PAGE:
What’s special?

A 'champion' in high-quality remote sensing

Although missions have collected lunar samples in the past to analyse later on ground, the role of remote sensing of the lunar surface is gradually increasing. Direct, in-situ exploration of the Moon, particularly by the Apollo, Luna, and Lunar Prospector missions have provided a considerable amount of data of the lunar surface which gave us an insight into the processes responsible for lunar origin and evolution. Nevertheless, there are many aspects, such as the global mineralogical composition, size and structure of the Moon, that require further study from orbit using remote-sensing techniques. Other aspects that require study are the existence of ice and water in the permanently-shadowed lunar polar regions, and the hemispheric asymmetry between the Earth-facing and the far side of the Moon.

Accommodating eleven instruments on board, Chandrayaan-1 will record high-quality visible, near infrared, low- and medium-energy X-ray data of the Moon to help answer these questions from orbit.

Global coverage of the Moon’s surface composition

More than any other question about the Moon, our understanding of the evolution of lunar crust strongly depends on our knowledge of its composition. Chandrayaan-1 will collect global surface composition data to understand the formation and evolution of lunar crust and the processes that have modified it during its history.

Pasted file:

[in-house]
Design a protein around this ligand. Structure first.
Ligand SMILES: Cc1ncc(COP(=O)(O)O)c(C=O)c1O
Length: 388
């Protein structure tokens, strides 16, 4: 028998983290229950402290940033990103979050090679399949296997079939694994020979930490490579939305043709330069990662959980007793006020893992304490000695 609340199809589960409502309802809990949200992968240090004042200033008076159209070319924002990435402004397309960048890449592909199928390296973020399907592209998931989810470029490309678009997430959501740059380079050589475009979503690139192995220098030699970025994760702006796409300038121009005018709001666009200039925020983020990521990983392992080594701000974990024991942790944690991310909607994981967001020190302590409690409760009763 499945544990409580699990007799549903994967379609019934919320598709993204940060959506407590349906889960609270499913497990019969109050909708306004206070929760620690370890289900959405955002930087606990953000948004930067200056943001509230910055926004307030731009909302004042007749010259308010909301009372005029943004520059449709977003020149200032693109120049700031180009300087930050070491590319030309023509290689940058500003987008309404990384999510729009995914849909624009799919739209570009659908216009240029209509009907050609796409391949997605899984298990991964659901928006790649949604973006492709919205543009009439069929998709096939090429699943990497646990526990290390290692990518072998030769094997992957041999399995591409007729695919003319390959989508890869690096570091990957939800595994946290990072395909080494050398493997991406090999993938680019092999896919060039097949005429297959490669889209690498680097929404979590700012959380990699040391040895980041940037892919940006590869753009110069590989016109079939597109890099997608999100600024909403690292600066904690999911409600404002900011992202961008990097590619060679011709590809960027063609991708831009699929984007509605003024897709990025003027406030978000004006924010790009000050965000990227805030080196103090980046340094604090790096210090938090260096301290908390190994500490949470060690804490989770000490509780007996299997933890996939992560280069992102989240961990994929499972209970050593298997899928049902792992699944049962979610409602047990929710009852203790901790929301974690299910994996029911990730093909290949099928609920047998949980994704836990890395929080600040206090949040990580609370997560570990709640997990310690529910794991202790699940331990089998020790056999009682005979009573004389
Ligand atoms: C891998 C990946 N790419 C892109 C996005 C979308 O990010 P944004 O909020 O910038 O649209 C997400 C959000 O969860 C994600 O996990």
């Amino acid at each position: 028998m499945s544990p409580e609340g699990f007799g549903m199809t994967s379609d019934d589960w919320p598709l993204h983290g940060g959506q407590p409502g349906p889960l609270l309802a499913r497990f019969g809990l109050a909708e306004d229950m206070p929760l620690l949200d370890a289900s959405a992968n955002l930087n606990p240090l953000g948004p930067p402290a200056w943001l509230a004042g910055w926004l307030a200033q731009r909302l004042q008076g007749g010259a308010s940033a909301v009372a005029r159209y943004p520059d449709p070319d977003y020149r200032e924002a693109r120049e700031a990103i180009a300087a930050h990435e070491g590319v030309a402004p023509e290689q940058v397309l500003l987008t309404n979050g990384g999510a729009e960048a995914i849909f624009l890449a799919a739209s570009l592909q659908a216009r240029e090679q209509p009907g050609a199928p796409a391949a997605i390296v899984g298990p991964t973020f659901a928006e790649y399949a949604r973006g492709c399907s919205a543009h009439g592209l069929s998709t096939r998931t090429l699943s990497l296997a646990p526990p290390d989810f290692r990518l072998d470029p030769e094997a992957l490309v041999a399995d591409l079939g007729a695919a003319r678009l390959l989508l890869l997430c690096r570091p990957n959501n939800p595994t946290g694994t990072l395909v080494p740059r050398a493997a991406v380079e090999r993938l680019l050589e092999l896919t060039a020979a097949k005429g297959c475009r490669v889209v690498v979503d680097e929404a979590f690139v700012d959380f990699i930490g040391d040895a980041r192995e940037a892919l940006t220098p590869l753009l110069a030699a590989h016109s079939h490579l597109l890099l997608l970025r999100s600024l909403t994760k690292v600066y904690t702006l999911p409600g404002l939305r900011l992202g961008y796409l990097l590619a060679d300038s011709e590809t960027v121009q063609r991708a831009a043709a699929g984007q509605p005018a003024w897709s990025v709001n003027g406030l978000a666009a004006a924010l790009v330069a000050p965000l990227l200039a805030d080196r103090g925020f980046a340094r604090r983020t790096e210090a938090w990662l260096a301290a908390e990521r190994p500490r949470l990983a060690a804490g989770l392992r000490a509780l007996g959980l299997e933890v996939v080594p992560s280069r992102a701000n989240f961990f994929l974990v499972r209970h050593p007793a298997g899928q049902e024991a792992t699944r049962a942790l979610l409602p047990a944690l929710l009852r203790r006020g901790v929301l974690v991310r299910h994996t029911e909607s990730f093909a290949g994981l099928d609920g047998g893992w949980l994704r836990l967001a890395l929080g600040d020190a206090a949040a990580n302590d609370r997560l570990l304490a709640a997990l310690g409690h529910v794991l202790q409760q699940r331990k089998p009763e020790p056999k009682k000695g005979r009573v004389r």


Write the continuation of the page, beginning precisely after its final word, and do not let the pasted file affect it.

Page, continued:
ESA and Europe’s fundamental contribution

The experience and know-how ESA gained with SMART-1, Europe’s first mission to the Moon, is benefiting Chandrayaan-1 greatly. ESA is assisting ISRO in operations, data handling, flight dynamics for the mission. ESA is also coordinating the provision of three European instruments for the mission, two of which were already flown on SMART-1:

  • The Chandrayaan-1 X-ray Spectrometer (C1XS) is one of the core instruments that will carry out high-quality, low-energy (soft) X-ray spectroscopic mapping of the Moon
  • The near infrared spectrometer, SIR-2, a near-infrared spectrometer will study the chemical composition of the Moon’s crust and mantle
  • The Sub-keV Atom Reflecting Analyser SARA will be the first-ever lunar experiment dedicated to direct studies of plasma-surface interactions in space.

Precursor for future space missions

Chandrayaan-1’s objectives will be of great value for future missions to the Moon, Mercury (such as ESA’s BepiColombo) and other bodies in the solar system which do not have an atmosphere. For example, a replica of the SARA LENA sensor is also included in BepiColombo’s Mercury Magnetospheric Orbiter. This opens up ample possibilities for comparative planetology studies.

Last update: 9 October 2008

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